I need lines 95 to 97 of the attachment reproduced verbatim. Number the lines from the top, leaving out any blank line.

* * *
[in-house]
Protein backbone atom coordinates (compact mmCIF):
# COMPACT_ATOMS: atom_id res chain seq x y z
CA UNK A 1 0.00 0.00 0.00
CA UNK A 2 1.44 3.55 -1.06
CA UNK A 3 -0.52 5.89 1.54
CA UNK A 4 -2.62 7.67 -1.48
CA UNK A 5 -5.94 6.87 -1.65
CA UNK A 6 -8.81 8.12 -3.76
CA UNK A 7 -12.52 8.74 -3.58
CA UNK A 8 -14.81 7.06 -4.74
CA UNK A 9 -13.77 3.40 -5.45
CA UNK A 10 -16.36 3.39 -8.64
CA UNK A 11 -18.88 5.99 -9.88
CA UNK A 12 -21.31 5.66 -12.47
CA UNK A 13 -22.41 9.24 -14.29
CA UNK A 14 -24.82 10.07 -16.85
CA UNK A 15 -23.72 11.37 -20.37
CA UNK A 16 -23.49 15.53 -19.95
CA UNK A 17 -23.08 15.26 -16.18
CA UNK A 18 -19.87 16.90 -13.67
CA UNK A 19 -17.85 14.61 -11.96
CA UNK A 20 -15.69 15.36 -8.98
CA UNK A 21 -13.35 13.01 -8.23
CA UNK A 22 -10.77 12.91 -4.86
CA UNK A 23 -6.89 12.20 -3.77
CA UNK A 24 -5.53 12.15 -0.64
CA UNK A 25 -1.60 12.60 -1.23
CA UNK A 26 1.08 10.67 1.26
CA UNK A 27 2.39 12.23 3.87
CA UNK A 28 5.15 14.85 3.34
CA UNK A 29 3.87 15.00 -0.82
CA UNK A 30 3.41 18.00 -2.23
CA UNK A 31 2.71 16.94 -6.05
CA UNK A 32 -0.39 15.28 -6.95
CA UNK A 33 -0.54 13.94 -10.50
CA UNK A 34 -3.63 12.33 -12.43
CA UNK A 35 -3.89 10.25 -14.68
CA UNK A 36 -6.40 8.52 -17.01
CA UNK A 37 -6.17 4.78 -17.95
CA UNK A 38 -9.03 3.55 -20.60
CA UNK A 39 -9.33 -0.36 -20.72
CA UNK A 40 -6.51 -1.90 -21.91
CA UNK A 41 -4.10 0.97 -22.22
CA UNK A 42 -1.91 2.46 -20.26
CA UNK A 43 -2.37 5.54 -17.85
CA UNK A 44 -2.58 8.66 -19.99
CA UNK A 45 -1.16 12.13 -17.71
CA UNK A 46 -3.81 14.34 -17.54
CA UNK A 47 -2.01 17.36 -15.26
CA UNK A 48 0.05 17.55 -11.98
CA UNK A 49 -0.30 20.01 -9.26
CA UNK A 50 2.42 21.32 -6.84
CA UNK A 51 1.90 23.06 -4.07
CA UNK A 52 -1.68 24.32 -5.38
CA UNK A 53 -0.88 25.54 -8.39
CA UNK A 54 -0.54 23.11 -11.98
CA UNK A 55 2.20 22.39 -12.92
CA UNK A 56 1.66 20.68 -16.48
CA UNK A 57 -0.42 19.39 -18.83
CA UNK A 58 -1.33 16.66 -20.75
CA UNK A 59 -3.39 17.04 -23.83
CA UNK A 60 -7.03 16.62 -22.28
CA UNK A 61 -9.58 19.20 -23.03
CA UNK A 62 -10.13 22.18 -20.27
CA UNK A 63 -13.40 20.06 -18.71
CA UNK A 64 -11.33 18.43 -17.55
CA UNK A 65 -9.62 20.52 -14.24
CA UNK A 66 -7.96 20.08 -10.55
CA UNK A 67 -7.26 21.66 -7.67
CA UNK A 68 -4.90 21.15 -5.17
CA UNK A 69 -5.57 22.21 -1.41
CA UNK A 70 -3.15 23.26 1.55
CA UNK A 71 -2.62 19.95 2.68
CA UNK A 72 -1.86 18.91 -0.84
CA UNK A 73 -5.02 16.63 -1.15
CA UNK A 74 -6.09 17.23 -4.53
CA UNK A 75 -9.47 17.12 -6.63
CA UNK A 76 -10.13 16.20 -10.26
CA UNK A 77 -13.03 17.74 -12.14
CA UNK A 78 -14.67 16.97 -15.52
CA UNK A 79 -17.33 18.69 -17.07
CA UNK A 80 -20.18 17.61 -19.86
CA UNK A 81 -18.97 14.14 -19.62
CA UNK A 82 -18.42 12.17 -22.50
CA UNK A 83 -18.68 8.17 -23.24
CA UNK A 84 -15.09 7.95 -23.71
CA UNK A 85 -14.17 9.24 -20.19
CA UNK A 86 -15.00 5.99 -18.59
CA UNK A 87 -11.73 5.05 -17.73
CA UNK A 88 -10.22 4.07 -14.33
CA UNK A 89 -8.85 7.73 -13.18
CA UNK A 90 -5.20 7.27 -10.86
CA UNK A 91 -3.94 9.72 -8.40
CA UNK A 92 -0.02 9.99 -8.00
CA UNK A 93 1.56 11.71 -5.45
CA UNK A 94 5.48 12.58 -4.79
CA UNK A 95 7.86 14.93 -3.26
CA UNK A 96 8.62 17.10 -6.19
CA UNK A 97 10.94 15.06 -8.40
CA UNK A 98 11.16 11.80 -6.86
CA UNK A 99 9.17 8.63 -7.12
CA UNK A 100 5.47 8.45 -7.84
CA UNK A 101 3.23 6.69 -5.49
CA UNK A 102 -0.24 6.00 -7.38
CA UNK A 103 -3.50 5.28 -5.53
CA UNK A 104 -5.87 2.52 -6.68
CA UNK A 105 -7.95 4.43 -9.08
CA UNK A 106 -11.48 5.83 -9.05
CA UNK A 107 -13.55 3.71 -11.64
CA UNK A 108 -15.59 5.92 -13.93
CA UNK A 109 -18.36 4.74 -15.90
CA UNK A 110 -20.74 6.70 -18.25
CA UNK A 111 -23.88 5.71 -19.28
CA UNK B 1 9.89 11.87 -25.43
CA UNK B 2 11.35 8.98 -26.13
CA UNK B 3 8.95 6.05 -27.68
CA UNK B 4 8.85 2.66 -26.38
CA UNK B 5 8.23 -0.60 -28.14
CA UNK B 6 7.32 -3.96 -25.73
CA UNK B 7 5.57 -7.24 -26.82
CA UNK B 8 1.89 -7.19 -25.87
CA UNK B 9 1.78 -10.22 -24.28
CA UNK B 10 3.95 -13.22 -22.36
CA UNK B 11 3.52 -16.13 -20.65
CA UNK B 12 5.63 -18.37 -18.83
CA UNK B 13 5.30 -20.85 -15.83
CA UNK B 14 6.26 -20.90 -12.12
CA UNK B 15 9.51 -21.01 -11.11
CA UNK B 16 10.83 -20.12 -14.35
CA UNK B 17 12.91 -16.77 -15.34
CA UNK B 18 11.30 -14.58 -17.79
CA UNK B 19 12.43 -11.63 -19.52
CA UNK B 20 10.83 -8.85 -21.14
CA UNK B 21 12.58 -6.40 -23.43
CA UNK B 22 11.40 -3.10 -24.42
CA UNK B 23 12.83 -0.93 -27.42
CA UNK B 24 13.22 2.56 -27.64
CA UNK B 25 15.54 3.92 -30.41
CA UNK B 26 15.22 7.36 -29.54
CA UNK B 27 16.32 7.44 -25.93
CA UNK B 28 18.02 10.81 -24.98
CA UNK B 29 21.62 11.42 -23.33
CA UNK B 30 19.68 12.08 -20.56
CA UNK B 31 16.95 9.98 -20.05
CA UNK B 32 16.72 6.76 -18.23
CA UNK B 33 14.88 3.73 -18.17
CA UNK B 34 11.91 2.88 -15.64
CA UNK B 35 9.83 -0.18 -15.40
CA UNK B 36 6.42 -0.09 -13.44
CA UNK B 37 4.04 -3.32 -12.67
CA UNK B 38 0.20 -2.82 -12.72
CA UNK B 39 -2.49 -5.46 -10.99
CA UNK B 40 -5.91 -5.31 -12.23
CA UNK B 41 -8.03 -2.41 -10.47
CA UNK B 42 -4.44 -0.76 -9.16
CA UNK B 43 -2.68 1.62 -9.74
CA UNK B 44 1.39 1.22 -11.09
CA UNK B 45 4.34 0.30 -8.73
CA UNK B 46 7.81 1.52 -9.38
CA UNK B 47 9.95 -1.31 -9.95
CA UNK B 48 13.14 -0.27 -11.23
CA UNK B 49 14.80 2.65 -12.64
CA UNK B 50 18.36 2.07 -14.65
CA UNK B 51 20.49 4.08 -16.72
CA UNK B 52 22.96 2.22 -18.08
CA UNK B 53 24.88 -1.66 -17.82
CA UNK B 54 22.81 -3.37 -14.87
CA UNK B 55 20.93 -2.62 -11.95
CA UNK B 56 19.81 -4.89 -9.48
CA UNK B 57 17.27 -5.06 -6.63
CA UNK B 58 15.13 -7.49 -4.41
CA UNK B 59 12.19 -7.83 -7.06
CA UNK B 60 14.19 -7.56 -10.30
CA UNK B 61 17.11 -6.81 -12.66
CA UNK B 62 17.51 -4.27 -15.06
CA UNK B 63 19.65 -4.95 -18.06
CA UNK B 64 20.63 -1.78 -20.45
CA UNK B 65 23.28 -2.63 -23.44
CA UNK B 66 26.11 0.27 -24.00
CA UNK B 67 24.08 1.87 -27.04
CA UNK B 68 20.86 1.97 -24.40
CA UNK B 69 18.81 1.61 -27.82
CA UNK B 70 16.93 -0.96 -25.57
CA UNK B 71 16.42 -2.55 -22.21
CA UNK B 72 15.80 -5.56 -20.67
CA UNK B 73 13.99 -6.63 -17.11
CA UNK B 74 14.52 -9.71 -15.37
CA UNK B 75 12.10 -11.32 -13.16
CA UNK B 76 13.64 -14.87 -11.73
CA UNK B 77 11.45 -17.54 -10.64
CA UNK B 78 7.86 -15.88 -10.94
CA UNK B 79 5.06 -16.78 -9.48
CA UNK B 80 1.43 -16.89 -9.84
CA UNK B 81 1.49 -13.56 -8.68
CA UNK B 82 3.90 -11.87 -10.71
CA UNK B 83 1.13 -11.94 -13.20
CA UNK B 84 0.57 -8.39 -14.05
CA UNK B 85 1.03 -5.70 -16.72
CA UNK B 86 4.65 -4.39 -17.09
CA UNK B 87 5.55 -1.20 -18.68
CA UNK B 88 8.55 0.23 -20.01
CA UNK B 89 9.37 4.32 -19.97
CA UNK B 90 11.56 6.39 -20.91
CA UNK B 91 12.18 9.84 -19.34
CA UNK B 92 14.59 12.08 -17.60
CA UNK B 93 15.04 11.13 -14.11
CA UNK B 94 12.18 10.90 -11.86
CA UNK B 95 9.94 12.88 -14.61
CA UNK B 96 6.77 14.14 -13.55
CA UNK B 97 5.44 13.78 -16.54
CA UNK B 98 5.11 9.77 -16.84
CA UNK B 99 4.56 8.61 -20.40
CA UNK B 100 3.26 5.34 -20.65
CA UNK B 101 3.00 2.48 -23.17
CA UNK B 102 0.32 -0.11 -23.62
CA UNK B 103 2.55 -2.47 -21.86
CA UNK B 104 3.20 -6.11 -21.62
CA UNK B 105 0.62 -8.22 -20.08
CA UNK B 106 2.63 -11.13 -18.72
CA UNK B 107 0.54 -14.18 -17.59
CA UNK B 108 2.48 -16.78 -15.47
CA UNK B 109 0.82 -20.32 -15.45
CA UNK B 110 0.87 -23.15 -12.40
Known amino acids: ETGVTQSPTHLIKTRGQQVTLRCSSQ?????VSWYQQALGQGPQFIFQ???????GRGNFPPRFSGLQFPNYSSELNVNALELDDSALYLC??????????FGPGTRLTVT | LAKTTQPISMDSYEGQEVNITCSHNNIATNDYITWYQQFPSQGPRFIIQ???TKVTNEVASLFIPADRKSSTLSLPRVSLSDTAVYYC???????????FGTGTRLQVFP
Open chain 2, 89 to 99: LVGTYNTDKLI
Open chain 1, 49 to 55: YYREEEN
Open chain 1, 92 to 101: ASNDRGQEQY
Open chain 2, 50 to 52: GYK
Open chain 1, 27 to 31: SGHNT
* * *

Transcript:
CA UNK A 92 -0.02 9.99 -8.00
CA UNK A 93 1.56 11.71 -5.45
CA UNK A 94 5.48 12.58 -4.79